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MLBPA director Michael Weiner: Alex Rodriguez suspension is ‘almost ridiculous’

Alex Rodriguez YankeesMajor League Baseball made an unprecedented move on Monday when it suspended New York Yankees slugger Alex Rodriguez for 211 games because of his alleged involvement with Biogenesis. A-Rod has never failed a non-survey drug test, and the penalty for first-time offenders is a 50-game suspension. The belief is that Rodriguez interfered with MLB’s investigation and is being penalized for more than just using performance-enhancing drug.

Naturally, the MLB Players Association is defending A-Rod and his right to appeal. During an interview with “The Dan Patrick Show” on Monday, MLBPA executive director Michael Weiner ripped Bud Selig in arguing in favor of Rodriguez.

“We feel what (Selig) did, frankly, was inappropriate and almost ridiculous,” Weiner said. “Look at the penalties that have been (given) out and cases that have been decided by the commissioner’s officer along with the Players Association. Nothing comes close to 211 games.”

Again, the belief is that no other player’s involvement with Biogenesis ran as deep as A-Rod’s. No other player has — to our knowledge — been accused of destroying evidence. In addition, there has also been speculation that Rodriguez led other players to Tony Bosch’s clinic. Weiner said both sides tried to work out an agreement but were unsuccessful in doing so.

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Why MLB suspended Alex Rodriguez 211 games

Alex Rodriguez YankeesMajor League Baseball acted outside the scope of the league’s drug policy when it suspended Alex Rodriguez 211 games. The league’s drug policy calls for a 50-game suspension for a first violation of the policy; 100-game suspension for the second; and a lifetime ban for a third violation. Rodriguez never failed a drug test, so how did MLB get off suspending the New York Yankees third baseman for the rest of this season and the entire 2014 season? That is what A-Rod is wondering, and why he, with the backing from the players’ union, is appealing the suspension.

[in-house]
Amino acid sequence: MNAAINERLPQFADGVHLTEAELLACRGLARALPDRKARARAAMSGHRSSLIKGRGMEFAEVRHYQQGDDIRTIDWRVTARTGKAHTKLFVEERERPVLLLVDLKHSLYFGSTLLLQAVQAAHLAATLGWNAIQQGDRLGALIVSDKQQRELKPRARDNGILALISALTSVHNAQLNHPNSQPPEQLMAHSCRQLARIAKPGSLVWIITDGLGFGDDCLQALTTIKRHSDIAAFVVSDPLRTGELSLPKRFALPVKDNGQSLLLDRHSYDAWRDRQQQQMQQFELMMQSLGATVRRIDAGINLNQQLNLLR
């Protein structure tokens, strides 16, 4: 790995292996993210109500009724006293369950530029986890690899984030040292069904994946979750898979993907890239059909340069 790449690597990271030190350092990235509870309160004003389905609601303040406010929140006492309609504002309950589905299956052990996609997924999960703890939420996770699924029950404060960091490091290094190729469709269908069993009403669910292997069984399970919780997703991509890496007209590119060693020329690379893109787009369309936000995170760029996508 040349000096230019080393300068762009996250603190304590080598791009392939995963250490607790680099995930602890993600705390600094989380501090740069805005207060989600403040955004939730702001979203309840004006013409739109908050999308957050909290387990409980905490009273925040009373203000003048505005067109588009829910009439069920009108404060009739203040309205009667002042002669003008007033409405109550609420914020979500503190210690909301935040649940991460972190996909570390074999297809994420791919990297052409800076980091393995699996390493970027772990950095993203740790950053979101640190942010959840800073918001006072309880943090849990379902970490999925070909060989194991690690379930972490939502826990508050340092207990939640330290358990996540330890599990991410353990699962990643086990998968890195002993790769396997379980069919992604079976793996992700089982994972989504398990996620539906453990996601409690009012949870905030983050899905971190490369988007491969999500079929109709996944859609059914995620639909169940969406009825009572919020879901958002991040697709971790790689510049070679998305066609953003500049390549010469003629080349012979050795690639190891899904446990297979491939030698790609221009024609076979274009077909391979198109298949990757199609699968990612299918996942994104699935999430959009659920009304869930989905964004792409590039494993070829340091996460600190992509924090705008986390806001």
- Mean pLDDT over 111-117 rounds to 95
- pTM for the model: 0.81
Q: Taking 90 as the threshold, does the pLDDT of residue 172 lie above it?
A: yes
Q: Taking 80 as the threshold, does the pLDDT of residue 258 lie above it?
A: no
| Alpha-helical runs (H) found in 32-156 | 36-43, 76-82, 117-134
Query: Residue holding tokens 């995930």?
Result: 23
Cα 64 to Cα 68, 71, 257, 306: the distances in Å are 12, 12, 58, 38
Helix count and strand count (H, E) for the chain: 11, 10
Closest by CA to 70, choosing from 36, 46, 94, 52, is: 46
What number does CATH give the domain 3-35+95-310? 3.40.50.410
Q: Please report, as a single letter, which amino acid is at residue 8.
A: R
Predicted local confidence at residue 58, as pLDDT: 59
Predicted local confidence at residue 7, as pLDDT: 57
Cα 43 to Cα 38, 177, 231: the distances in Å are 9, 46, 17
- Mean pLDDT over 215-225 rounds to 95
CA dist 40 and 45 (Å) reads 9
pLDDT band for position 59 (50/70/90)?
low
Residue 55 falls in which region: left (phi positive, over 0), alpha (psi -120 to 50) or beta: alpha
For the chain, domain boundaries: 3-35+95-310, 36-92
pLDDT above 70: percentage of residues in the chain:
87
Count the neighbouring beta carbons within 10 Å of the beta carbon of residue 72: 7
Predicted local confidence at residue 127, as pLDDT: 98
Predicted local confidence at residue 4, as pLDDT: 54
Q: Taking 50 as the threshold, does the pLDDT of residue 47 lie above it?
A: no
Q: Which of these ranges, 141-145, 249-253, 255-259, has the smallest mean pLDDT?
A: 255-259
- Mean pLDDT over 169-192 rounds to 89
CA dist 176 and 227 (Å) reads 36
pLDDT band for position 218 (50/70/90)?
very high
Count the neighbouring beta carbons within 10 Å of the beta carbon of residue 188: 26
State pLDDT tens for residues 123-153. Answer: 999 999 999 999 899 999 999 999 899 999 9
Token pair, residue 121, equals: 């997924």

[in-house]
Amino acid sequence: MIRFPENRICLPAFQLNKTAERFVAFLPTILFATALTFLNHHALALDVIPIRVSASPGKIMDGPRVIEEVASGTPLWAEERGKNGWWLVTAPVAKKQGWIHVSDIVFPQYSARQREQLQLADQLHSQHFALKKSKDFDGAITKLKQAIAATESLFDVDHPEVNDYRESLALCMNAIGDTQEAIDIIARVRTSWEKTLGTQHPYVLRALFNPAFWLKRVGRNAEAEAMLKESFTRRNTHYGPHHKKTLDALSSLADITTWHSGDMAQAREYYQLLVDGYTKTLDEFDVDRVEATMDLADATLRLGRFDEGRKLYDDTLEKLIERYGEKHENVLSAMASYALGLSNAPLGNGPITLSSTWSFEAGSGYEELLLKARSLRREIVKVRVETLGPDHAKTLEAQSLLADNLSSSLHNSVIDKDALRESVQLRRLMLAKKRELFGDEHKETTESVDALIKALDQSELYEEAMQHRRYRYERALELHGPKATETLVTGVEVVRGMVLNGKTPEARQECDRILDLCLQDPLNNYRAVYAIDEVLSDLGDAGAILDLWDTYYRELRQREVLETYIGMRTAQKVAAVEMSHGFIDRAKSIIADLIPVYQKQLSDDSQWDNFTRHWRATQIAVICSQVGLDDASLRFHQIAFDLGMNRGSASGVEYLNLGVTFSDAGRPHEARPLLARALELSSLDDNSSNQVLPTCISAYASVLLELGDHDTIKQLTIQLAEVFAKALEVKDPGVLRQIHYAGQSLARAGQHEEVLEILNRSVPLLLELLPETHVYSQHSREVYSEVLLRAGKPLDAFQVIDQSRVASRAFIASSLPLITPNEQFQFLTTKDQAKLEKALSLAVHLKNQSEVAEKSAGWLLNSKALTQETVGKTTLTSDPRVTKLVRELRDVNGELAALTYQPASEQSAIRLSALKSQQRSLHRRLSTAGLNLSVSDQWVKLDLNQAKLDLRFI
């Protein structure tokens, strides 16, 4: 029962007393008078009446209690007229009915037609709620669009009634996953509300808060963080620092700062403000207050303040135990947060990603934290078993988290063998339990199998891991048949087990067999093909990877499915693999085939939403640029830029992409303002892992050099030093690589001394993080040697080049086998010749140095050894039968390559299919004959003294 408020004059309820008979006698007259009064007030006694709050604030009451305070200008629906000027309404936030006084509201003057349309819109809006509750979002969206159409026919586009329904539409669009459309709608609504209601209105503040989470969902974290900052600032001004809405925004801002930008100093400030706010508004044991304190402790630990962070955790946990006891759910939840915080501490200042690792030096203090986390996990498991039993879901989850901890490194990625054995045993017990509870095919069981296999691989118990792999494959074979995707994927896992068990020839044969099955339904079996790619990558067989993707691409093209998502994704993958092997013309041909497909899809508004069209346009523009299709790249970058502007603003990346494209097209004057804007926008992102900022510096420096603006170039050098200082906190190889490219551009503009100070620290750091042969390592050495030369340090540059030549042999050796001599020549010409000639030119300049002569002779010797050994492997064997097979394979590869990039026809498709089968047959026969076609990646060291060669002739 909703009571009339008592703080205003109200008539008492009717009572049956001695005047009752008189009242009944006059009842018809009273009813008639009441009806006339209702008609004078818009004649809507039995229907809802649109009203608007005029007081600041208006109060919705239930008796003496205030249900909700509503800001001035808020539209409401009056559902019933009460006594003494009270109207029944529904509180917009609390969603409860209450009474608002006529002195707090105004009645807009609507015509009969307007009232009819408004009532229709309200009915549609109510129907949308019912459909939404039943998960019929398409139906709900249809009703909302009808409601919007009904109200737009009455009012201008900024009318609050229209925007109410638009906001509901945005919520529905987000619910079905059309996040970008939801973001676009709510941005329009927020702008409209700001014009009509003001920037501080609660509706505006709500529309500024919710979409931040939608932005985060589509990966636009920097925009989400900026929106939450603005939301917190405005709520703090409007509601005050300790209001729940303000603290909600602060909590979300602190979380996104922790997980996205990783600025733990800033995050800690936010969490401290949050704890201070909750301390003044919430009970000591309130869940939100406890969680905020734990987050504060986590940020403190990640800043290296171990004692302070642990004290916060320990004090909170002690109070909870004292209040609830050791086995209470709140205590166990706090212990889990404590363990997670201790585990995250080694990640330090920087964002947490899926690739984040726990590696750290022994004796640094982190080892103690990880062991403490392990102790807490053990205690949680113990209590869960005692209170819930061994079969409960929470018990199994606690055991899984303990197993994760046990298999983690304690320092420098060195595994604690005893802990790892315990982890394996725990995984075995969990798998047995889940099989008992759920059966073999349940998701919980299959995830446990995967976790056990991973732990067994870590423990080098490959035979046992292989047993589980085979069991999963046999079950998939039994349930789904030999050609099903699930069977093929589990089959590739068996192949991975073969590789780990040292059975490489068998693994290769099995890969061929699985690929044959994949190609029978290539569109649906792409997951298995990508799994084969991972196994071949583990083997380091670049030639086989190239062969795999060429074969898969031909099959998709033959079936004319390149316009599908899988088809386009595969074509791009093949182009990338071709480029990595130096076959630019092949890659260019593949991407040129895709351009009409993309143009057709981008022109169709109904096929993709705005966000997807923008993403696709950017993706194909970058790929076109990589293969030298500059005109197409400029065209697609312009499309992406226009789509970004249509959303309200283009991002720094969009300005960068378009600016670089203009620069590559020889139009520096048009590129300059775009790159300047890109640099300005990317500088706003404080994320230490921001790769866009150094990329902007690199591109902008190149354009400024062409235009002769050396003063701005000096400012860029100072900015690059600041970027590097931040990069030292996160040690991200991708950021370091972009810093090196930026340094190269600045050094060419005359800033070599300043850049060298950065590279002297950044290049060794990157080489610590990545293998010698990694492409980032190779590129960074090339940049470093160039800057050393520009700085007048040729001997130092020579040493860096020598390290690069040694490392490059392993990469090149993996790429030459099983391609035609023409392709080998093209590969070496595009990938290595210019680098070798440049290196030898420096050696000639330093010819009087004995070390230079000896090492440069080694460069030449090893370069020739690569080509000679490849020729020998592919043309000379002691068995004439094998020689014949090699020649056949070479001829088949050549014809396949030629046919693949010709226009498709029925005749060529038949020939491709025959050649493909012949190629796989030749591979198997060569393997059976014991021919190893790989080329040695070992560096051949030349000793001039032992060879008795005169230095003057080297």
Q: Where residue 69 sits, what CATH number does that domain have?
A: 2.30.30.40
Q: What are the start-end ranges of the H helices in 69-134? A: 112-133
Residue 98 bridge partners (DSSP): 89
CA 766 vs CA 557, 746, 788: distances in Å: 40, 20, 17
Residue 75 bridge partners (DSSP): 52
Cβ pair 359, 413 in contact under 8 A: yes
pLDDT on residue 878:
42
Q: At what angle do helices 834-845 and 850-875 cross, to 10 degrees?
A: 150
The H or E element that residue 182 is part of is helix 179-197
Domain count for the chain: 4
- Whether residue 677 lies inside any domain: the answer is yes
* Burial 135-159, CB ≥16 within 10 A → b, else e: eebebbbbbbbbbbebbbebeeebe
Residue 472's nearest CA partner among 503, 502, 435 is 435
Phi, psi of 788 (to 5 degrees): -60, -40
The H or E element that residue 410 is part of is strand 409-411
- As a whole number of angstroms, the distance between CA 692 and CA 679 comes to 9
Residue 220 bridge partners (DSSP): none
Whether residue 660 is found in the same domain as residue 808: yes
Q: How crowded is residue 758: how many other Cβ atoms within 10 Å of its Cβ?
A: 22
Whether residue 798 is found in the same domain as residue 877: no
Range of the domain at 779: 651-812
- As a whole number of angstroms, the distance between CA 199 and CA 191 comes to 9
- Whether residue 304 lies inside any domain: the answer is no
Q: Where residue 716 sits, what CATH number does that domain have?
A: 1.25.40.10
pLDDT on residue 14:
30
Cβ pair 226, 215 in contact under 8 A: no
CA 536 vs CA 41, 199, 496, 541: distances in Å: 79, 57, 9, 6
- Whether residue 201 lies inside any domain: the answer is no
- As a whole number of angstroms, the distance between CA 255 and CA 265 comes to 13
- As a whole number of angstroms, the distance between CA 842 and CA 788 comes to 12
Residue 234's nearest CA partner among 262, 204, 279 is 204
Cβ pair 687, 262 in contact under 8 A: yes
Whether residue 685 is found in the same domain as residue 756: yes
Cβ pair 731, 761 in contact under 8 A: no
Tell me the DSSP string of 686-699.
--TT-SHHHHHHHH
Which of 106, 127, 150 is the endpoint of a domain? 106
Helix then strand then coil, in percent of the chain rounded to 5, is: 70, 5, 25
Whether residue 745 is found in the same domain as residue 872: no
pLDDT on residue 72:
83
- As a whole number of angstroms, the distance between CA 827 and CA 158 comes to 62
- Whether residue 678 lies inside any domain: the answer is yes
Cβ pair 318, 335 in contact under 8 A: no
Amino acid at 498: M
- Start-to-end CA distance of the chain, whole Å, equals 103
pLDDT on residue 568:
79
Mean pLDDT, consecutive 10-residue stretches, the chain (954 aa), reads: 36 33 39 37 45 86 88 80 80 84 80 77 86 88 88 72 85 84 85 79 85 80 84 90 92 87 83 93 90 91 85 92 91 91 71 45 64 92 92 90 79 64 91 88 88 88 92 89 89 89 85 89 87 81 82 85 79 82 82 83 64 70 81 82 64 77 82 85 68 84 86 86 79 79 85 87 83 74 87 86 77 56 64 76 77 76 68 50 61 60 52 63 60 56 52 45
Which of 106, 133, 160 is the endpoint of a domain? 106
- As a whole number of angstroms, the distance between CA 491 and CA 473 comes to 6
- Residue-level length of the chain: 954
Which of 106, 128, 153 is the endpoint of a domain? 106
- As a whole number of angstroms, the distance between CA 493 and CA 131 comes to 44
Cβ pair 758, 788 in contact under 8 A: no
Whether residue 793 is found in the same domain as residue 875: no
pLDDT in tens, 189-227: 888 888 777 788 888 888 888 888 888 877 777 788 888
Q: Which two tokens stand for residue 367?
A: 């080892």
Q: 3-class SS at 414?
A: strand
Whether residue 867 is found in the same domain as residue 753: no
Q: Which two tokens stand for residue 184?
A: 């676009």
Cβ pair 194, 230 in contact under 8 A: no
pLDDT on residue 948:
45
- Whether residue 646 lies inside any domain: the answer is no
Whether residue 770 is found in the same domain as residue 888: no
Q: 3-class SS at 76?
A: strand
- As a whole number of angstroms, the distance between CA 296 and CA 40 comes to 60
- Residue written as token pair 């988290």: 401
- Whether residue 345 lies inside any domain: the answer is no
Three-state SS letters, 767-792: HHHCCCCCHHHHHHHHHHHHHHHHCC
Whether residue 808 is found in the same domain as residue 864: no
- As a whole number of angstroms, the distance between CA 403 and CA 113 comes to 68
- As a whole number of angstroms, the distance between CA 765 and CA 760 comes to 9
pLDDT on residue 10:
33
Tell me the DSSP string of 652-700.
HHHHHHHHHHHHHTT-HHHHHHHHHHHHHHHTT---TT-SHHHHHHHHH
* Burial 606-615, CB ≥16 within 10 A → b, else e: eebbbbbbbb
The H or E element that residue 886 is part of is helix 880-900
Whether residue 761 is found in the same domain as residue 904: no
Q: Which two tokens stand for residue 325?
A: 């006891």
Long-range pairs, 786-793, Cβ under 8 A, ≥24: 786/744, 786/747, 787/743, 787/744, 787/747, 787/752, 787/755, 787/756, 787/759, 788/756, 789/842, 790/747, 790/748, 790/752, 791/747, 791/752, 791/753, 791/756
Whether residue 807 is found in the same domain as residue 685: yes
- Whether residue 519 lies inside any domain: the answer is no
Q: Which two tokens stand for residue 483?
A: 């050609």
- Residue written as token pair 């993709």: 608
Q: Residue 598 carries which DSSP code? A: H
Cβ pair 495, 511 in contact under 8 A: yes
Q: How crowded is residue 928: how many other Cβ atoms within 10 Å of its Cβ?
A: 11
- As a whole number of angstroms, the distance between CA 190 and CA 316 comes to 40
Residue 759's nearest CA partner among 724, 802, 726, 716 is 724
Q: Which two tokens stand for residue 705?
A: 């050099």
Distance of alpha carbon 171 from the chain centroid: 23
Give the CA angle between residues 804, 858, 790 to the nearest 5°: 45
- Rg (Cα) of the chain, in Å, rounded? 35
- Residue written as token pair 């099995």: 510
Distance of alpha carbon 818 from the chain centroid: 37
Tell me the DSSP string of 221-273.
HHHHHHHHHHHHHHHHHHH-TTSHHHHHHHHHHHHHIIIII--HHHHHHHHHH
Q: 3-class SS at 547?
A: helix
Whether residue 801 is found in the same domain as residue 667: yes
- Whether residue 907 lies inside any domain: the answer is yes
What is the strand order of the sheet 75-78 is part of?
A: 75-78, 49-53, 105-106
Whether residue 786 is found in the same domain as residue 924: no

In his statement, MLB commissioner Bud Selig explained why Rodriguez was suspended.

The penalty was for “[Rodriguez's] use and possession of numerous forms of prohibited performance-enhancing substances, including testosterone and human growth hormone over the course of multiple years.”

MLB struck a deal with Biogenesis founder Tony Bosch, who provided evidence to them of A-Rod’s use of PEDs. According to ESPN’s T.J. Quinn, Bosch provided MLB with text messages, emails, phone records, other records to show that A-Rod doped since at least 2009. Bosch told MLB what drugs Rodriguez took, when he took them, how often, and where.

50 or even 100 of the 211 games could have been for single or double violations of the league’s drug policy, depending on how MLB evaluated things. But they suspended Rodriguez for much more than that.

In addition to the penalty for violating the drug policy, MLB is suspending A-Rod for a violation of the Collective Bargaining Agreement between the owners and players’ association.

Selig’s statement said Rodriguez’s penalty for violating the labor agreement was “for attempting to cover up his violations of the program by engaging in a course of conduct intended to obstruct and frustrate the office of the commissioner’s investigation.”